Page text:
The effects of the national economy on our profession is real. Its severity is regional. The Midwest, where I’m located, has weathered the storm much better than either coast. There certainly have been layoffs at some of the larger firms that employ landscape architects. At the same time, I am personally aware of a half dozen new LA companies that have started during the recession (some due to layoffs, some by choice of the founders). Our city just hired a new Park Planner who is an LA. Many existing firms have found ways to keep their people employed, either by diversifying project types or encouraging employees to develop additional skill sets. There are four landscape architects where I work and we’re all busy. I just heard from a friend who had too much overtime last week so he took today off to go storm chasing. I’m not saying that it’s all roses out there, but it’s not all doom and gloom either. If you’re someone who hasn’t found an opportunity to work in the profession in the way that you thought you wanted to, I can believe that you’re frustrated and concerned about the profession and your decision to enter it. That doesn’t mean that landscape architecture as a category is a dying industry with no future.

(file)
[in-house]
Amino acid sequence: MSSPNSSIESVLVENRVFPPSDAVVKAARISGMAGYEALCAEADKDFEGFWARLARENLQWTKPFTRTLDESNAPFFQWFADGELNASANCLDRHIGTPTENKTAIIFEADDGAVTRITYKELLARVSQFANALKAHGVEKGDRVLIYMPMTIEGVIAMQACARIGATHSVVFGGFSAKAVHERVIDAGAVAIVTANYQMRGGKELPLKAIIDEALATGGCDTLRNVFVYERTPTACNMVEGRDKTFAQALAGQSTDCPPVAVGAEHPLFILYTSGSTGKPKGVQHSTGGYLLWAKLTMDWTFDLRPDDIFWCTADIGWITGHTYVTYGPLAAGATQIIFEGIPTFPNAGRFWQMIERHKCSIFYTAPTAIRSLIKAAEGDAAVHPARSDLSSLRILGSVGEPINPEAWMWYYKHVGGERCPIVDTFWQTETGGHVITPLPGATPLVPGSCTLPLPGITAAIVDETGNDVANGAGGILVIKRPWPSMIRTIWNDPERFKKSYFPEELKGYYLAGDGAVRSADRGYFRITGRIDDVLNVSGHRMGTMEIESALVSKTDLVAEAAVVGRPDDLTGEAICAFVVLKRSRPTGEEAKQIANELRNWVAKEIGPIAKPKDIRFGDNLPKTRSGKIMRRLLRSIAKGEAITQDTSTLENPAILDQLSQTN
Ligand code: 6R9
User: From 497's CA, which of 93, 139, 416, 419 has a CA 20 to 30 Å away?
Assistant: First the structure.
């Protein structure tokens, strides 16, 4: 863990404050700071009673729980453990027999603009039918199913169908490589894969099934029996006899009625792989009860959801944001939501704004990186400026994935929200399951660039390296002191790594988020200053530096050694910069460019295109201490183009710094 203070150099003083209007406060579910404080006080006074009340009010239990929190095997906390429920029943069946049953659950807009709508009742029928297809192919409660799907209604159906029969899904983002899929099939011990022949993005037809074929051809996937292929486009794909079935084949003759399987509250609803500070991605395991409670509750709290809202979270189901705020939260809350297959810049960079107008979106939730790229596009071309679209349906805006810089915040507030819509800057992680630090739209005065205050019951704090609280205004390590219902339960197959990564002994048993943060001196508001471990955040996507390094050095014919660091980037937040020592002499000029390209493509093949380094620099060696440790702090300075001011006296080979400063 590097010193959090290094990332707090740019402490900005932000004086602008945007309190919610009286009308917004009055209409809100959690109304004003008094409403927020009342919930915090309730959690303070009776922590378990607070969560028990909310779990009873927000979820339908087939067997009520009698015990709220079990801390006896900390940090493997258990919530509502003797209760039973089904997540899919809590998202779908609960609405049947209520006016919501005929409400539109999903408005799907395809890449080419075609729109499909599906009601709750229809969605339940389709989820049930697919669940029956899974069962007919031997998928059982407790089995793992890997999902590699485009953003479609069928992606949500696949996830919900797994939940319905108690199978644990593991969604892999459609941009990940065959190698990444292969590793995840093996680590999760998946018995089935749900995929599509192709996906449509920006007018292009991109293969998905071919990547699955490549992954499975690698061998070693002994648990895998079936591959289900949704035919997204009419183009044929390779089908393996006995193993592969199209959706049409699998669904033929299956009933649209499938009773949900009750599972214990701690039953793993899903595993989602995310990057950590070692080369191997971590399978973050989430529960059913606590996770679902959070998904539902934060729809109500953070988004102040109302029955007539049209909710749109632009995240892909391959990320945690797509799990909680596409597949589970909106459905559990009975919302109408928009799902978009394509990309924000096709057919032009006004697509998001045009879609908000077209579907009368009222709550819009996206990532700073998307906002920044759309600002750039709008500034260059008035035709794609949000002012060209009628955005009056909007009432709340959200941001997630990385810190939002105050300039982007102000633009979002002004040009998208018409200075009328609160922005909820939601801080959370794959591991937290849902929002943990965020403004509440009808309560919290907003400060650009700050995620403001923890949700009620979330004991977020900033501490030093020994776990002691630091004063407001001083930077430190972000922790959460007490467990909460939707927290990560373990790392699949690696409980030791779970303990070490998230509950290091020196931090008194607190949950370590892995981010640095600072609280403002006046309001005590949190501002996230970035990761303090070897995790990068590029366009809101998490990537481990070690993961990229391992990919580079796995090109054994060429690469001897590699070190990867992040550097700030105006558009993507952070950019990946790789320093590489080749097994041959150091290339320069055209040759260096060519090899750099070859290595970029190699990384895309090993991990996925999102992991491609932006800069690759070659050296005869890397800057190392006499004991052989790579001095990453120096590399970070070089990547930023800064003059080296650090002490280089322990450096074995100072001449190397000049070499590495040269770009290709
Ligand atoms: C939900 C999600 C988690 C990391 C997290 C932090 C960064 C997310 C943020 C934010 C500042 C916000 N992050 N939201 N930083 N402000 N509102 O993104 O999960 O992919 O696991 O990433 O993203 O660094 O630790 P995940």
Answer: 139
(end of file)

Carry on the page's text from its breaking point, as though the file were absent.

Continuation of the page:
Michael, it sounds like my high school experience was very similar to yours. I, too, took lots of art and drafting classes in high school. I actually went to college to major in architecture, but changed after the first year because the breadth of this profession seemed more dynamic. I am glad I continued on that track and can say that I am happily working as a landscape architect today. There are parts of my job that I didn’t really think about when I was walking through the halls admiring the site plan renderings other students had done. There’s paperwork and billing and permits and coordination with allied professionals and contracts and clients who want their project yesterday. There is also great satisfaction that comes from seeing an idea in my head, putting it on paper, watching it get built, and then seeing people experience and enjoy the place that I helped create. That is why I’m a landscape architect. PM if you have questions.April 13, 2012 at 1:07 am #157920
Relax, think clearly, and don’t panic. If you like cad, then civil engineering is similar to LA. You can do bridge design, factory layout, road design, dams, drainage systems, waste water treatment, water treatment plants and the list goes on. Electrical engineering is really big in the computer field. My sister-in-law designs electrical circuits for pace makers and uses cad all day long. Mechanical engineers work for manufacturing plants and use cad all day long. All of these area are doing better than LA or A so listen, then leap my friend and your stress will go to the wayside. You can do it…………..have faith.
Is it Autocad that you have been doing? This is what you need to know.April 13, 2012 at 1:09 am #157919
agree and well stated……………..